In December 1913 Sir Ernest Shackleton released a prospectus and announced The Imperial Trans-Antarctic Expedition. His goal was to undertake the first crossing of Antarctica from the Weddell Sea via the polar plateau to McMurdo Sound on the Ross Sea. The journey had already been attempted by Wilhelm Filchner whose ship Deutschland, had become beset in the Weddell Sea ice for nine months in 1912. Shackleton aimed ‘to make all possible scientific observations on [the Trans-Antarctic] journey; to carry on similar work by parties operating from the two bases on the Weddell and Ross Seas [and] to carry on scientific work, and travel unknown portions of the coastline, by the two ships of the expedition’(Shackleton 1913: 3). With Endurance a continental crossing party of six led by Shackleton would begin from the Weddell Sea and a supporting depot laying party led by Nimrod veteran Lieutenant Aeneas L.A. Mackintosh RNR, with the auxiliary barquentine Aurora based in McMurdo Sound. Unbeknown to each party, both experienced problems beyond their control. Endurance was holed and sank in the Weddell Sea and Aurora locked in ice, although damaged, reached New Zealand. Here the ship was repaired and then undertook a relief expedition with Shackleton as a passenger, to McMurdo Sound. In spite of these major setbacks each party conducted valuable scientific observations.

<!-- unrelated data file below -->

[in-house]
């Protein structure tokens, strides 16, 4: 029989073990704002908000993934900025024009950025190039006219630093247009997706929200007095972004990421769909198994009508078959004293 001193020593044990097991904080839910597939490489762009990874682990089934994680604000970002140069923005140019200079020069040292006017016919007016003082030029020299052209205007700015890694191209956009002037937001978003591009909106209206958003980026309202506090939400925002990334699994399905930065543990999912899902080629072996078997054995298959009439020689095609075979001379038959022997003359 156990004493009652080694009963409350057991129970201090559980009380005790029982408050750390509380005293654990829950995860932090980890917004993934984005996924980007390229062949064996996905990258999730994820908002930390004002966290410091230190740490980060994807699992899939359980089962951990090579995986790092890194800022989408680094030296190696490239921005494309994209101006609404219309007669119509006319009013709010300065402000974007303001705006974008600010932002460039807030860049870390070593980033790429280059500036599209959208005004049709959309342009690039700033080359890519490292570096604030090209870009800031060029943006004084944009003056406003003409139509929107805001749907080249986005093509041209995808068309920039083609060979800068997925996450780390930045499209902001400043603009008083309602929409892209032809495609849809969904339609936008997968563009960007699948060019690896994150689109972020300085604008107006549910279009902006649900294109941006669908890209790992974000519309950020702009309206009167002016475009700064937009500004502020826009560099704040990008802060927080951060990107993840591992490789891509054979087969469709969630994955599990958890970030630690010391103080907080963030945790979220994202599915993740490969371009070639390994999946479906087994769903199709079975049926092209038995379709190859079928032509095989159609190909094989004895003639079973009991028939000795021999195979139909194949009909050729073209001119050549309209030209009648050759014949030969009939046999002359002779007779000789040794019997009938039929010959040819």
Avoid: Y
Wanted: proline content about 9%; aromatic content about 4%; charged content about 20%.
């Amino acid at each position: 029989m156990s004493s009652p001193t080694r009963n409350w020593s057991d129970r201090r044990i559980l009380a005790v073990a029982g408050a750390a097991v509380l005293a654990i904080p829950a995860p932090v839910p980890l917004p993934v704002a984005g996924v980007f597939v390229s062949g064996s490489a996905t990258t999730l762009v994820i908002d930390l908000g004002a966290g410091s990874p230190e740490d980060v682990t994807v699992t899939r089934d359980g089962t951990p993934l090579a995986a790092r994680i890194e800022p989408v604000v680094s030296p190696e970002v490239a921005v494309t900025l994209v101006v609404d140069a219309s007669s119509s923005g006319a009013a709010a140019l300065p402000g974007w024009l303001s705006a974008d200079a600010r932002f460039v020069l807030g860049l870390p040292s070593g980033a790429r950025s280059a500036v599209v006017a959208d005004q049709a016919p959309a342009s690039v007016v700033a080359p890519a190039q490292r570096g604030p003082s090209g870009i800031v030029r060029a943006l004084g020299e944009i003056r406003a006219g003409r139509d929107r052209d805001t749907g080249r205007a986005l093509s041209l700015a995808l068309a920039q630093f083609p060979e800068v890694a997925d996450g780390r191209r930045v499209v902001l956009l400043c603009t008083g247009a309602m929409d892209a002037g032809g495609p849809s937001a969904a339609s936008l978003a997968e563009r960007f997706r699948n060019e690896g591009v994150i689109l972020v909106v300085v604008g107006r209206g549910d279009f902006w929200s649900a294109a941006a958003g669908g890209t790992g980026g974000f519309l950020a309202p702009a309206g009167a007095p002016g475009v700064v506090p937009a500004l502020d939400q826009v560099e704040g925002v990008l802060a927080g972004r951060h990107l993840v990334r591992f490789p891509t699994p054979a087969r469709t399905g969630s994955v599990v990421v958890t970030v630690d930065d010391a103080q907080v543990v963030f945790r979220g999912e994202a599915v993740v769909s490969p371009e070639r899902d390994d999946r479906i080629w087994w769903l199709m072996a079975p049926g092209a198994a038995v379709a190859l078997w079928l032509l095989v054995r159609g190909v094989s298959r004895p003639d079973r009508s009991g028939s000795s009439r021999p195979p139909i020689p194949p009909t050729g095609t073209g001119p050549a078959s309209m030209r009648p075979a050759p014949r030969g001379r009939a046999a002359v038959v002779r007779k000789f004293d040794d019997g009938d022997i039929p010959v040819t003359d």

When Shackleton published his book South (Shackleton 1919) on the expedition, compiled with New Zealand journalist and friend Edward Saunders, with exception of accounts on the Ross Sea party sledging and drift of the ship Aurora, no recognition was given to work undertaken by the four Ross Sea party scientists and an assistant. Later publications have focused on the depot-laying, while books on Antarctic science have largely overlooked the science undertaken.
The purpose of this paper is to make this better known, and to give credit to the four scientists involved. The science conducted although primarily concerned with meteorological observations, also covers limited glaciological observations including the ablation of lake ice, solution of glacier ice in salt water, tidal recordings, collection of zoological and other specimens, along with the use of improvised equipment to undertake observations. The science achieved was secondary to the field work. The Ross Sea party science was done however, under conditions not normally conducive for such field work with health issues a major contributing factor. A lack of funding, equipment, personality problems, concern for Aurora and crew, uncertainty of Shackleton's Antarctic crossing and their own relief, led to depression, sleeplessness and insomnia.